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'Shipping Fast and Often,' Xamarin.Forms 4.6 Released

Microsoft has released Xamarin.Forms 4.6, the latest edition of its open-source, cross-platform, mobile-centric development platform that the dev team is "shipping fast and often" while incorporating a slew of new preview features that coders can try out and provide feedback for.

Highlighting the new release are improvements to design schemes, navigation and more.

On the design front, after previously introducing Visual (an API for quickly swapping out the default control renderers) and Material Design controls (for Google's Android design scheme), v4.6 now offers more:

  • Updating bindings to Google's library
  • Improved styling support for things like changing the color for a "disabled" button
  • Removing references to the iOS UIWebView, which has been deprecated by Apple

Navigation improvements include new styling functionality for Shell's fly-out menu and an easier way to go "Back," which could be problematic when using modal navigation.

What's more, Xamarin.Forms 4.6 has a number of new preview features that developers can turn on or off to put them through their paces and provide feedback on what they find.

"We are shipping fast and often to tighten the feedback loop with you," said program manager David Ortinau in an April 29 announcement post. "Also to make sure we are delivering the most impactful features. One way we do this is by shipping new features under an Experimental Flag. All while we are finalizing the API. This helps us to merge valuable community contributions faster, and then polish them within the product."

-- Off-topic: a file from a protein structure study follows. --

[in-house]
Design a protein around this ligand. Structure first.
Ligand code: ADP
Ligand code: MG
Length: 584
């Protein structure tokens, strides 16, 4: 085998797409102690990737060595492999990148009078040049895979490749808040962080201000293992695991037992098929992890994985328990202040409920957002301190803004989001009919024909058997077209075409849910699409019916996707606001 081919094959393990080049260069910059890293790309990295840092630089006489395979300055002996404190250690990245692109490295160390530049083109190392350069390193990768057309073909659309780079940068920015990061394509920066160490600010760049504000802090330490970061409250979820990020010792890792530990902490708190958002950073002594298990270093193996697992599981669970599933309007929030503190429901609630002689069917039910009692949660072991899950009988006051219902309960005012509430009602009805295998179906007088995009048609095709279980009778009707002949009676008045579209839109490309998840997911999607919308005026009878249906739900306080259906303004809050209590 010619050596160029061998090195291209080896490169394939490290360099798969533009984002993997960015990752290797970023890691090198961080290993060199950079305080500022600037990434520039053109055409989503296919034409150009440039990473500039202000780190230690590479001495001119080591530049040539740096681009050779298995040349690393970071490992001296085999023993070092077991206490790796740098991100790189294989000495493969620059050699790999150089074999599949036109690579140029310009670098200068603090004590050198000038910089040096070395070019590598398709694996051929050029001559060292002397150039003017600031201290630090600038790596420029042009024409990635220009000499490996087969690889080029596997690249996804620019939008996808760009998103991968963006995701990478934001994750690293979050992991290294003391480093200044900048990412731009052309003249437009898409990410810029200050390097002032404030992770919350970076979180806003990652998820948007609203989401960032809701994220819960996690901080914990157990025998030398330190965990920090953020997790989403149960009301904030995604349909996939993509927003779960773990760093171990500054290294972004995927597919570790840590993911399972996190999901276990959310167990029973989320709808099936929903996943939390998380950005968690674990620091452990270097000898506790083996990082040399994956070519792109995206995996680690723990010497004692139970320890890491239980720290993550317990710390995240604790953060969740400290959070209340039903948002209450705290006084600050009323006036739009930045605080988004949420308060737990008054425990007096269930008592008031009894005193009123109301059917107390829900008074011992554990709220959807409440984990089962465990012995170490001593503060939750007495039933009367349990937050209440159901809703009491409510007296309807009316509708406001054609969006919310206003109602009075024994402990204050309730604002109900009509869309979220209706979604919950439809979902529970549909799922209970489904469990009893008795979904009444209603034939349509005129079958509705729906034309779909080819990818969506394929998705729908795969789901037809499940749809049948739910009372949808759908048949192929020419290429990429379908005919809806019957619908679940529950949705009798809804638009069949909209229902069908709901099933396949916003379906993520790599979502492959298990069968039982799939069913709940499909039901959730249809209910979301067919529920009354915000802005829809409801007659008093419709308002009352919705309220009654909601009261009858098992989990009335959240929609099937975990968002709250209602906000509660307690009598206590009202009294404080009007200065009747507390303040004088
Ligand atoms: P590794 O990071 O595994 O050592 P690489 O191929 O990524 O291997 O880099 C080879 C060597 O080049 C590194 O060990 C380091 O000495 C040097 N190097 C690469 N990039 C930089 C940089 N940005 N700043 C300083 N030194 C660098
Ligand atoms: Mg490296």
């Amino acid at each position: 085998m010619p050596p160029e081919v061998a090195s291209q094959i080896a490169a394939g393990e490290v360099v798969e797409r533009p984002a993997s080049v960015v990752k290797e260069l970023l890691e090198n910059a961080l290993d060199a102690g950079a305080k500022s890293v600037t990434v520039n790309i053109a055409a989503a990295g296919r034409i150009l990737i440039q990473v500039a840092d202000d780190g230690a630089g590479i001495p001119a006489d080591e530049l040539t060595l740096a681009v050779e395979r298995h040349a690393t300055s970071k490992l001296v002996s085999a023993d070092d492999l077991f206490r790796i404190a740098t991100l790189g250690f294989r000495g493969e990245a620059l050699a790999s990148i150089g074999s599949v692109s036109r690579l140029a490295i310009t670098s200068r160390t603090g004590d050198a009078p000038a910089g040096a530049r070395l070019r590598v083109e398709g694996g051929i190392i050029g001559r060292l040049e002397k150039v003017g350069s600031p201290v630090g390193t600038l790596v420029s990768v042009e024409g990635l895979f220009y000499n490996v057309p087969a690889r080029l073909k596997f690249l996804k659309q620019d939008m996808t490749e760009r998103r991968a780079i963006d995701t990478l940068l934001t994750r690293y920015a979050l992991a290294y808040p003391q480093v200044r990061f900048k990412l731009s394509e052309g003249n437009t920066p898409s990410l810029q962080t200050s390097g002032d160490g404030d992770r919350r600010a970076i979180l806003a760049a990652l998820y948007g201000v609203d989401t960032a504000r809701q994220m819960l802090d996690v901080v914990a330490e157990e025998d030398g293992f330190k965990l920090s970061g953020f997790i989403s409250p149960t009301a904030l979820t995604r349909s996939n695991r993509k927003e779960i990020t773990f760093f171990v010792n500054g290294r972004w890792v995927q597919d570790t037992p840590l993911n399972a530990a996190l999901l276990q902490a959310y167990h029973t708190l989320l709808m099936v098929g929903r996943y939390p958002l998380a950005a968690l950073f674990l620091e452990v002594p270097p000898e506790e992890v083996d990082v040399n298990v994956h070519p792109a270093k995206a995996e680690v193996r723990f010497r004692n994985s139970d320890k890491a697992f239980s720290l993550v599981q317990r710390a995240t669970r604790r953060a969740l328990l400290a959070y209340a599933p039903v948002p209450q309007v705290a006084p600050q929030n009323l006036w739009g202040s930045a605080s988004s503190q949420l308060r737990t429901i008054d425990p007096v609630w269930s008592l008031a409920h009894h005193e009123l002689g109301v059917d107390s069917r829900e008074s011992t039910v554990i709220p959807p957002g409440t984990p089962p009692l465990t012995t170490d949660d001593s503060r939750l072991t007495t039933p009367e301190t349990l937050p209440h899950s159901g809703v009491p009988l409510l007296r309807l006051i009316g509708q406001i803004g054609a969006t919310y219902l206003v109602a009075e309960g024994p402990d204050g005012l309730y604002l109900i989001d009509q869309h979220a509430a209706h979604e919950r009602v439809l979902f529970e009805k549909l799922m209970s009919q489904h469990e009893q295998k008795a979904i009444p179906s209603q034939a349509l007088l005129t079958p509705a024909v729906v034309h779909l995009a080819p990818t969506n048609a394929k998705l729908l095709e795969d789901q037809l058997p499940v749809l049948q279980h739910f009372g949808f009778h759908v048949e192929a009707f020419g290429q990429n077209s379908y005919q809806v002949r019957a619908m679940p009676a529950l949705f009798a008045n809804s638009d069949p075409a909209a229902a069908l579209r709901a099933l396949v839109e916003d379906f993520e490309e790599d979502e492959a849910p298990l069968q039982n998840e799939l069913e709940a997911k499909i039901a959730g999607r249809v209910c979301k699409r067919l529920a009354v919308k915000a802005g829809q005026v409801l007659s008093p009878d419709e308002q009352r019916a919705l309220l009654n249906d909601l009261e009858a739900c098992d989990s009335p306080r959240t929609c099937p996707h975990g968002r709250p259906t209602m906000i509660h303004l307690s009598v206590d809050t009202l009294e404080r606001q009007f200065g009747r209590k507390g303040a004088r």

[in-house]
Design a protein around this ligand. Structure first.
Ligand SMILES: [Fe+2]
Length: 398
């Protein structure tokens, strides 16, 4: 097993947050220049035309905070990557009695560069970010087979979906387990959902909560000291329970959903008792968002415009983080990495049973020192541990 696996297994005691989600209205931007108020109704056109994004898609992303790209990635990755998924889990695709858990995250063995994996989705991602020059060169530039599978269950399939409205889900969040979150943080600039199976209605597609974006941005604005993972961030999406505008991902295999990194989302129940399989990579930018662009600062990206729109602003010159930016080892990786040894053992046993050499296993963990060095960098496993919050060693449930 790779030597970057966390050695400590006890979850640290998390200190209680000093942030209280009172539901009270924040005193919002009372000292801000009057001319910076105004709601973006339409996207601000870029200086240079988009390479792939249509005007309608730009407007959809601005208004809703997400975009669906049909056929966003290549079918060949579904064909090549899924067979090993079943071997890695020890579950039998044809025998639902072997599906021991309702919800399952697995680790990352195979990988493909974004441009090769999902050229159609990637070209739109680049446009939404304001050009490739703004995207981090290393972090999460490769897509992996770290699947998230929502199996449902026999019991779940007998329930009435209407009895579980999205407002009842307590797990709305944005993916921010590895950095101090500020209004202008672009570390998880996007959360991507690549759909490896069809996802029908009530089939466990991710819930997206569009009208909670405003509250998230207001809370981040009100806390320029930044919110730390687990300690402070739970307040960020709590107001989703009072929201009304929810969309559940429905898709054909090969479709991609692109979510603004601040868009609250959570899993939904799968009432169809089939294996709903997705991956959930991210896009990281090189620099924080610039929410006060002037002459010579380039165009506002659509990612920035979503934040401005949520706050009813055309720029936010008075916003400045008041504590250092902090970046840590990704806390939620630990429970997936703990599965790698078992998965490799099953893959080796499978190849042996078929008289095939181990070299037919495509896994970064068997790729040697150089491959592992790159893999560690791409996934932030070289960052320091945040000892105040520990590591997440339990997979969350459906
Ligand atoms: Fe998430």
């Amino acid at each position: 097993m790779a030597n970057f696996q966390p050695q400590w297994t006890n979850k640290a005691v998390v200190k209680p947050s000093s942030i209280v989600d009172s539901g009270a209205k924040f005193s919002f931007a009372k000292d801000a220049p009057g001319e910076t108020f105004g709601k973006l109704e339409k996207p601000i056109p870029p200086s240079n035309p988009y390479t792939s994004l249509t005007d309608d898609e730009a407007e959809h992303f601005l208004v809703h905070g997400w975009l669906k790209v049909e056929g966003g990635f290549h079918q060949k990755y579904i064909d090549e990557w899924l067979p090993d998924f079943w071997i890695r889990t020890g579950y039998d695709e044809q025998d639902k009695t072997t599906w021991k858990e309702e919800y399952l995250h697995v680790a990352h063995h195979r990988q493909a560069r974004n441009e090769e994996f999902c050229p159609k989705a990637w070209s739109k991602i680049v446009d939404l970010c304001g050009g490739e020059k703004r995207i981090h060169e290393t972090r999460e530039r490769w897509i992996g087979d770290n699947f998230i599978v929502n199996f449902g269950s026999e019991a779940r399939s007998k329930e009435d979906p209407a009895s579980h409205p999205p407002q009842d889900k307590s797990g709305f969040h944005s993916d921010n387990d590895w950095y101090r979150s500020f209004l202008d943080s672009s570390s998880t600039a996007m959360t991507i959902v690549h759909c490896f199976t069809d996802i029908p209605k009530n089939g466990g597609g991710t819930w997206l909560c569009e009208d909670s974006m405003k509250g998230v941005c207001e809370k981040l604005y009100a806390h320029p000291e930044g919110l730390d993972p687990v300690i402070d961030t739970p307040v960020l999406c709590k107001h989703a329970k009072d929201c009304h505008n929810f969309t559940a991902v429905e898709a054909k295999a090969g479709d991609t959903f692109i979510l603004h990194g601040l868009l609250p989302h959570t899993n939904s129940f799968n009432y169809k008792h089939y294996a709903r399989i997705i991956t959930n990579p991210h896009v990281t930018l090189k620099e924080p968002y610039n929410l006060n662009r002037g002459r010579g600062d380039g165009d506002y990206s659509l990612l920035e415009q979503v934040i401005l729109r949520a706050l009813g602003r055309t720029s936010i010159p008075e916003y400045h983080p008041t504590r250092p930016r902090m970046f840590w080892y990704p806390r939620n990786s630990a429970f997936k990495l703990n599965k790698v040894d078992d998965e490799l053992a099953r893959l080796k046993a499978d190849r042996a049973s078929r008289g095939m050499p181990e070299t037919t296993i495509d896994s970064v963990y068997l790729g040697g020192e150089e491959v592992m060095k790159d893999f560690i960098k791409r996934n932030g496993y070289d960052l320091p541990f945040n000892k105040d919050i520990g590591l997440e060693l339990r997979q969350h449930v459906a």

Experimental features in v4.6 include several that were developed by community contributors, including a RadioButton control and an Expander container control that hides or reveals content.

Expander in Animated Action
[Click on image for larger, animated GIF view.] Expander in Animated Action (source: Microsoft).

One developer, in reader comments, asked, if setting Experimental flags meant that the controls couldn't be used in apps soon to be distributed through the App Store.

The answer, apparently not from a Microsoft employee (Ortinau hadn't weighed in as of press time), indicated that the Experimental flag just meant that development of the features isn't yet finalized. "Nothing prohibits you from using them in Production Apps, you will only be advised that as experimental they could have not the expected behavior in some cases. That will depend on you if whether you feel comfortable with the current state of the development or not."

Much more functionality is provided in the announcement post, and fleshed out in more detail the release notes, which indicate current features under Experimental flags include:

  • RadioButton_Experimental
  • Shell_UWP_Experimental
  • IndicatorView_Experimental
  • SwipeView_Experimental
  • AppTheme_Experimental
  • CarouselView_Experimental
  • MediaElement_Experimental
  • StateTriggers_Experimental
  • Markup_Experimental
  • Expander_Experimental

Ortinau also discusses the update in a video with James Montemagno on "The Xamarin Show."

About the Author

David Ramel is an editor and writer for Converge360.

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